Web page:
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Ford 2017 trends report: disruption the status quo, “never more difficult” to find objective information

December 25, 2016

For the past five years, Ford has issued an annual trend report exploring societal shifts expected to influence consumers and brands (e.g., earlier post). The reports have focused on microtrends in consumer behavior; the fifth anniversary edition report—Looking Further with Ford: 2017 Trends—revisits three that surfaced in earlier reports, and highlights seven that are emerging.

Sheryl Connelly, Ford global trend and futuring manager, says there is no escaping the fact that disruption is now the status quo. At a time in which truthfulness tends to be subjective, two-thirds of adults say it never has been harder to find objective, fact-based information, while just 55% say what they put on social media is what they really think. An abundance of choice matched with uncertainty in the marketplace is bringing about a reluctance to commit—giving rise to a “sampling society” that prioritizes trying over buying .

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US vehicle miles travelled up 3% in first 9 months of 2016 to 2.4 trillion miles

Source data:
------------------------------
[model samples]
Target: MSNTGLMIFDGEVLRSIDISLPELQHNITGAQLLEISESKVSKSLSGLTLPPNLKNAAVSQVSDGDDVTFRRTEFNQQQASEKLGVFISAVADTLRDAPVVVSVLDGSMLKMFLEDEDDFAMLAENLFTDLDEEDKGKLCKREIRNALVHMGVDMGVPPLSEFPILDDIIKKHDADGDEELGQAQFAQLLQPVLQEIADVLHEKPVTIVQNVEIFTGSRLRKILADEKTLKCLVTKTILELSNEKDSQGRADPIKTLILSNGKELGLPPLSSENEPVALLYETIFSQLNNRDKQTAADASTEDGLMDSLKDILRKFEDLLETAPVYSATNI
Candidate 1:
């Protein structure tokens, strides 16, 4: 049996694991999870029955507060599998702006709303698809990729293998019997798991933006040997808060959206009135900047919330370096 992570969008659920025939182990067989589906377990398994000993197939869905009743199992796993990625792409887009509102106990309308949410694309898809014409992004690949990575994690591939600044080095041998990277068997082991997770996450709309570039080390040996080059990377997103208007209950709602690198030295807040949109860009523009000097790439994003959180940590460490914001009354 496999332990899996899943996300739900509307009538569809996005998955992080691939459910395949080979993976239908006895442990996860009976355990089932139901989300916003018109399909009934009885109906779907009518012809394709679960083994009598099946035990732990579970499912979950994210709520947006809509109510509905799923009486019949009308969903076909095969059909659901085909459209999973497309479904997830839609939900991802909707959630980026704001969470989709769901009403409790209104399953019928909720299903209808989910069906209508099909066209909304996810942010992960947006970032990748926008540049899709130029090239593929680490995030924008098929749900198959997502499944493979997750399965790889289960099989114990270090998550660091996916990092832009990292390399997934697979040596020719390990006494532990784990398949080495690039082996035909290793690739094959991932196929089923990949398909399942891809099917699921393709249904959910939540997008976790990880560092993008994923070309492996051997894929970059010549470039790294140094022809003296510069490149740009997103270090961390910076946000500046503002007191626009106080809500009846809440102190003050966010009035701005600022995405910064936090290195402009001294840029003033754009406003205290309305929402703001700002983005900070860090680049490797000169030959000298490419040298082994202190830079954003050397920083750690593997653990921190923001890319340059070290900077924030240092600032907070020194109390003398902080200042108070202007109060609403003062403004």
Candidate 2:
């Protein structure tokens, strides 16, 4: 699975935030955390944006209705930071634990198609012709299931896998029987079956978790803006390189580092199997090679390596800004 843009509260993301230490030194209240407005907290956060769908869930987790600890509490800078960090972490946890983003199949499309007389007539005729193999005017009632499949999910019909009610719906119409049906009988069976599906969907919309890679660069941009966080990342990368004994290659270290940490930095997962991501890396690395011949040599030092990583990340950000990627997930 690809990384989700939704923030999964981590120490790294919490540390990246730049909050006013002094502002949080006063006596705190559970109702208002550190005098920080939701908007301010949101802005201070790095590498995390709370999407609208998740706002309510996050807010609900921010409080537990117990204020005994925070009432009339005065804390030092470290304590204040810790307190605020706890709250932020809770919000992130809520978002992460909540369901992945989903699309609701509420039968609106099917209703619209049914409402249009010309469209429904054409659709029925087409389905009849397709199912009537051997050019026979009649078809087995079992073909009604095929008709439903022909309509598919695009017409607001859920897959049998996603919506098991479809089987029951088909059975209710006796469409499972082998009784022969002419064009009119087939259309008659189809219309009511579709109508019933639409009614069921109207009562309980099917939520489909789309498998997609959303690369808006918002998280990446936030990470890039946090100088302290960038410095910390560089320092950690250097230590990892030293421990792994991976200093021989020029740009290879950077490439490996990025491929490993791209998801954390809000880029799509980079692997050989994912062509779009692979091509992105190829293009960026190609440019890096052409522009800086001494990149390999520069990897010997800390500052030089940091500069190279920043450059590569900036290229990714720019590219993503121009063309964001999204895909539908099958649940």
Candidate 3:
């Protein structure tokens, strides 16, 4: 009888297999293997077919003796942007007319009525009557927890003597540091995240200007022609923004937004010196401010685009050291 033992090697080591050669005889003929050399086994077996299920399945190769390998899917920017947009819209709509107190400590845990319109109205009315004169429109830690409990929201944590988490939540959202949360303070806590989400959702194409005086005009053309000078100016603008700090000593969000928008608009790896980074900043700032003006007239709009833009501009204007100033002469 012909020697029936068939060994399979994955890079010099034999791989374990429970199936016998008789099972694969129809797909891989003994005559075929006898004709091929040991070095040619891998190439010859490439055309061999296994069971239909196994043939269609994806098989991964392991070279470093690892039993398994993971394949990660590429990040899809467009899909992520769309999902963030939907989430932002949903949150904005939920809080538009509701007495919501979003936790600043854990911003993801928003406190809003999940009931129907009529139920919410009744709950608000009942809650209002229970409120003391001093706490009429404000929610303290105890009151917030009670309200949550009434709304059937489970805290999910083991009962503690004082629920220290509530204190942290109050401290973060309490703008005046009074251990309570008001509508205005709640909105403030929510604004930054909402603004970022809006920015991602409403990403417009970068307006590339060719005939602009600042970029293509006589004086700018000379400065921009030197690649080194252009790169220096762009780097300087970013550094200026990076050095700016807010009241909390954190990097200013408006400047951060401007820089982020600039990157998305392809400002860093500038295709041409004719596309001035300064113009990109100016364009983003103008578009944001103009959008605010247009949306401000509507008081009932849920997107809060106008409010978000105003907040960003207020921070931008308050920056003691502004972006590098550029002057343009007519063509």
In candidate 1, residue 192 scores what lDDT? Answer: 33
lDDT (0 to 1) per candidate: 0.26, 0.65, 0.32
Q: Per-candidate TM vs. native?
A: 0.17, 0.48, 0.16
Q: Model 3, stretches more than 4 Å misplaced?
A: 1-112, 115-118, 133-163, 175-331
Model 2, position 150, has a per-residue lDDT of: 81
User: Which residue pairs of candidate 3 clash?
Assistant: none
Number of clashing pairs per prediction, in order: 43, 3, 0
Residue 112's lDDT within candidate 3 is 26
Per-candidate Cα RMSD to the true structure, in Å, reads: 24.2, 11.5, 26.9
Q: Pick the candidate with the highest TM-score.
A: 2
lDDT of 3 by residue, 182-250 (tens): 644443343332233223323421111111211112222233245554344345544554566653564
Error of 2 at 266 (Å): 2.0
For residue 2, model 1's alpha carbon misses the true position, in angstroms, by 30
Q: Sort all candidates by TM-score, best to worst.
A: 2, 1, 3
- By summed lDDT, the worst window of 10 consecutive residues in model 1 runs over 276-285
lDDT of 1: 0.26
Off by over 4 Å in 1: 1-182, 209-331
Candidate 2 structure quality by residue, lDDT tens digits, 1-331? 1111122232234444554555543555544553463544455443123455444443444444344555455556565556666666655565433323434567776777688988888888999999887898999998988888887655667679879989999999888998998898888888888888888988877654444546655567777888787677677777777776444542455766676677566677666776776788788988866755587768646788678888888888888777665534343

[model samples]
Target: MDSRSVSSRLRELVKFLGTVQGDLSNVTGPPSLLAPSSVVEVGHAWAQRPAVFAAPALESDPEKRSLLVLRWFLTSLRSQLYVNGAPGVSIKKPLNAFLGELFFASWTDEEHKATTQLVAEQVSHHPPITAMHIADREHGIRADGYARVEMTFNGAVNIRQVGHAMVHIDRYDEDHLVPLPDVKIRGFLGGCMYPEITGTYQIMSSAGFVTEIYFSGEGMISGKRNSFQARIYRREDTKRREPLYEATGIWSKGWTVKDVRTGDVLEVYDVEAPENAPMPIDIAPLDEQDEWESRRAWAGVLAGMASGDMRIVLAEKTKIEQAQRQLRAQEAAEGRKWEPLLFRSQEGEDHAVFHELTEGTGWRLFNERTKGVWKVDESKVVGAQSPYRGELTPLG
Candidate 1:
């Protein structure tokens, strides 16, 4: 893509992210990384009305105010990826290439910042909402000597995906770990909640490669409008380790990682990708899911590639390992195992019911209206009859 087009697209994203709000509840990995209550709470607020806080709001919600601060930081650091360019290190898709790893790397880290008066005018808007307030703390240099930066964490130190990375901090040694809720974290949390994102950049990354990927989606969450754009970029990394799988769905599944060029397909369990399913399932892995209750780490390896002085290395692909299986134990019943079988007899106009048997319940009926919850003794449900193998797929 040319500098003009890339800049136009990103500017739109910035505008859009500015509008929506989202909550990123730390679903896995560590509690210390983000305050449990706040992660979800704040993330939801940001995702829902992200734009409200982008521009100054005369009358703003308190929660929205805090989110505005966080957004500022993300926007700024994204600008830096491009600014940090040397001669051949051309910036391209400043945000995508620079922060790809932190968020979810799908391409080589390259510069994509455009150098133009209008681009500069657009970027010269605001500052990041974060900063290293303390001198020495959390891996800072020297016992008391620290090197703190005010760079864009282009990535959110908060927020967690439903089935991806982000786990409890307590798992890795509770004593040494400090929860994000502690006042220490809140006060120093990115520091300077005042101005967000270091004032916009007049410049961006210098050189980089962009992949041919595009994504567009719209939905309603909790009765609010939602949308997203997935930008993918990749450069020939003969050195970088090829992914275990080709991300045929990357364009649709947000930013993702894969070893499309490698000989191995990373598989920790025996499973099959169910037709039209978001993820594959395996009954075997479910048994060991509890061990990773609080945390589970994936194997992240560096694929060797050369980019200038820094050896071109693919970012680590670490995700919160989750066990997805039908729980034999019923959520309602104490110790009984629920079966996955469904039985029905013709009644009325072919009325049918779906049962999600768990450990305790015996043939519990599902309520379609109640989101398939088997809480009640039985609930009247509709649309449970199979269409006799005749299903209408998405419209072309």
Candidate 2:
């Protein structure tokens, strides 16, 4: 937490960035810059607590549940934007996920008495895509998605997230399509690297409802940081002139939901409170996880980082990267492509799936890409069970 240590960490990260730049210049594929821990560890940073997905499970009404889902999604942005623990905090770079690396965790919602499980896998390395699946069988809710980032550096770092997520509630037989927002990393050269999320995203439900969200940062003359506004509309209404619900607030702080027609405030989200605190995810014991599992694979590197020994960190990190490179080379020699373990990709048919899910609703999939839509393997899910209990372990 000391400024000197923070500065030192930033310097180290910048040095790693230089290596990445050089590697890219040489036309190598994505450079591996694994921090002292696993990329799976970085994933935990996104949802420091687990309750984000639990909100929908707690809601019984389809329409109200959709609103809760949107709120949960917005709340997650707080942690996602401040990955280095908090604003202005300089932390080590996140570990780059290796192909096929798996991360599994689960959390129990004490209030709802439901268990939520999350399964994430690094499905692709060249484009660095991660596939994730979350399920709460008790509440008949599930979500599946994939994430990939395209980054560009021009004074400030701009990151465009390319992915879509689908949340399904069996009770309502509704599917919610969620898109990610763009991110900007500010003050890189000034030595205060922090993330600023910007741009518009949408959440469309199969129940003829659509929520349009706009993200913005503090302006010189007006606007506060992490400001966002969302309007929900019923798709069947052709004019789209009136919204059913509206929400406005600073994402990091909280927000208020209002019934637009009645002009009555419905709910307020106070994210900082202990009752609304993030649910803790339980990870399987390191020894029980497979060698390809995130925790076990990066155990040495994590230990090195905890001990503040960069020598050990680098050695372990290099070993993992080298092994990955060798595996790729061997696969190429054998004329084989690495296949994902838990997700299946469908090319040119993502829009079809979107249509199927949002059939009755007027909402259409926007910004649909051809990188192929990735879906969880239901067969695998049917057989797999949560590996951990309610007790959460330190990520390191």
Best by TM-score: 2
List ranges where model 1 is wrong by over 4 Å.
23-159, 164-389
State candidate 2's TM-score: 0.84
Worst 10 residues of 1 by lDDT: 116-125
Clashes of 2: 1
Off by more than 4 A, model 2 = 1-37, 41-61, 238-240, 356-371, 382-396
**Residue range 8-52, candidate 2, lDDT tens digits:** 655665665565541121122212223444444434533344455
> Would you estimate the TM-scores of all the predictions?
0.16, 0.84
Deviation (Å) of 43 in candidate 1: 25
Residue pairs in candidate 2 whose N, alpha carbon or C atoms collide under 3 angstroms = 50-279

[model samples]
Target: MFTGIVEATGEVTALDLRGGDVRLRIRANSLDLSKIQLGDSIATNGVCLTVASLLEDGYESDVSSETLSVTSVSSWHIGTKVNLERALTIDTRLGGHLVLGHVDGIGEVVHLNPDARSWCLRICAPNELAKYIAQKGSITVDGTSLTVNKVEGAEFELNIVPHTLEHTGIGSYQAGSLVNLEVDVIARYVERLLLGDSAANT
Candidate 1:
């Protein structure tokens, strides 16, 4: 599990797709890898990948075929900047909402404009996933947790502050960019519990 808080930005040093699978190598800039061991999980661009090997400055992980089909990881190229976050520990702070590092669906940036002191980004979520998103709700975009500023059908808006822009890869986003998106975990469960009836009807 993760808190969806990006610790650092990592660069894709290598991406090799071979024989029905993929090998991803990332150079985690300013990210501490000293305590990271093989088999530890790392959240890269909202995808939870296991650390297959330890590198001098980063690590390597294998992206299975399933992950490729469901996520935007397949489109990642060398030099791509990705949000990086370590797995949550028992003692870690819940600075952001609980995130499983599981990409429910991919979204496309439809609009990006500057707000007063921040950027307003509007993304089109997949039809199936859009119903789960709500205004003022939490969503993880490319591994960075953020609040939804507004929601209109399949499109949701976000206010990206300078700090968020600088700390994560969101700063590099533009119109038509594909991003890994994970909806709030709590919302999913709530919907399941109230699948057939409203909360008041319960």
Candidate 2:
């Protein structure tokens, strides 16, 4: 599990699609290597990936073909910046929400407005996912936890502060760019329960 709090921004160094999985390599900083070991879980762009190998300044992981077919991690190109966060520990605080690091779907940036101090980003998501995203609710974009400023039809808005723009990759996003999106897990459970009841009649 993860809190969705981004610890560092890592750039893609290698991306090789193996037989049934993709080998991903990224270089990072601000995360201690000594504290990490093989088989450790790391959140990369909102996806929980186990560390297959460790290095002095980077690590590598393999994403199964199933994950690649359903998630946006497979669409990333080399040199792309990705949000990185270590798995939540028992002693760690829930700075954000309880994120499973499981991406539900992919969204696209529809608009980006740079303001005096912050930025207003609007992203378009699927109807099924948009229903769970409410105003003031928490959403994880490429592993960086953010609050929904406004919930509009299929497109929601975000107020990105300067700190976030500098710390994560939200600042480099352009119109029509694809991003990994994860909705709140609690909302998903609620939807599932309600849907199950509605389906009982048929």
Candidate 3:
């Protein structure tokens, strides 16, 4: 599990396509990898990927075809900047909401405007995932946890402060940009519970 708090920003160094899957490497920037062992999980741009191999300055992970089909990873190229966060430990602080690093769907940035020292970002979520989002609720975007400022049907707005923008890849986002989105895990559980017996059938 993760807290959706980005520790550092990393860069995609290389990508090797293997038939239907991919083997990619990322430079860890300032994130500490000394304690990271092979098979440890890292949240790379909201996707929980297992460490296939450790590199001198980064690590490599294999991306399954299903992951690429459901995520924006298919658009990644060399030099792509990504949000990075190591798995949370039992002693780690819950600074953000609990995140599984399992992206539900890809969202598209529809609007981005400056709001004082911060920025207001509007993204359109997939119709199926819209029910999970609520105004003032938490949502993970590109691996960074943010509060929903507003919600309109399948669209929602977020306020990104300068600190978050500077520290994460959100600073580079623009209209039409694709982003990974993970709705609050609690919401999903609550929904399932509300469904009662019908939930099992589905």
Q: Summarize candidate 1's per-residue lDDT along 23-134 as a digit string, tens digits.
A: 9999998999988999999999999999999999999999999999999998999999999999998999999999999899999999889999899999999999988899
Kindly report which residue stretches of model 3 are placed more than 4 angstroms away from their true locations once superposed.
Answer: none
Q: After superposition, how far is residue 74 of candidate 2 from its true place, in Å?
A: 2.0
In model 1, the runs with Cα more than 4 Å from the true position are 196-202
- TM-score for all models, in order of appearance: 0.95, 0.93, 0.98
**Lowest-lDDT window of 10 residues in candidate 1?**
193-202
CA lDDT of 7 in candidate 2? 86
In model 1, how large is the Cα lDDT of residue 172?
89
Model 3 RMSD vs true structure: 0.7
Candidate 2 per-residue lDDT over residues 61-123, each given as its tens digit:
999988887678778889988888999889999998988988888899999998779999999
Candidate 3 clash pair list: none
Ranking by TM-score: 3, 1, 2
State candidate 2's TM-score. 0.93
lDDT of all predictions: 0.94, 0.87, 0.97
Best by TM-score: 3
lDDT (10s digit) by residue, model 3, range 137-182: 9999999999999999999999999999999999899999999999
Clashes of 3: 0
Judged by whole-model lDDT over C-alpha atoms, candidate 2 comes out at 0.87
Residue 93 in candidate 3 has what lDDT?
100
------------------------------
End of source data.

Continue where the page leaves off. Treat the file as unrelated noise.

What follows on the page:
December 05, 2016

US driving topped 2.4 trillion miles in the first nine months of 2016, an increase of 3.0% compared to the same period last year, lengthening a series of consecutive monthly increases that started in April 2014, according to preliminary new data released by the US Department of Transportation’s (USDOT) Federal Highway Administration (FHWA).

The new data, published in FHWA’s latest “Traffic Volume Trends” report—a monthly estimate of US road travel—show that more than 265.5 billion miles were driven in September 2016 alone—a 2.4% increase over the previous September and a 0.4% increase compared with August 2016.

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Geographers provide new insight into commuter megaregions of the US

December 01, 2016

Geographers from Dartmouth College and the University of Sheffield have provided new insight into the economic geography of commuter megaregions in the US by using an empirical approach that combines visual interpretation with statistical analysis. The findings appear in an open-access paper in PLOS One and shed light on an old geographic problem: how to divide space into coherent unit areas.

These emerging megaregions reflect the economic links woven by millions of commuters traveling to and from work each day. They map out complex networks in which economic systems, natural resources and infrastructure are linked. Understanding the way functional geographic connections cross over the existing borderlines of states and regions is key for developing institutional forms that match the patterns of the contemporary world.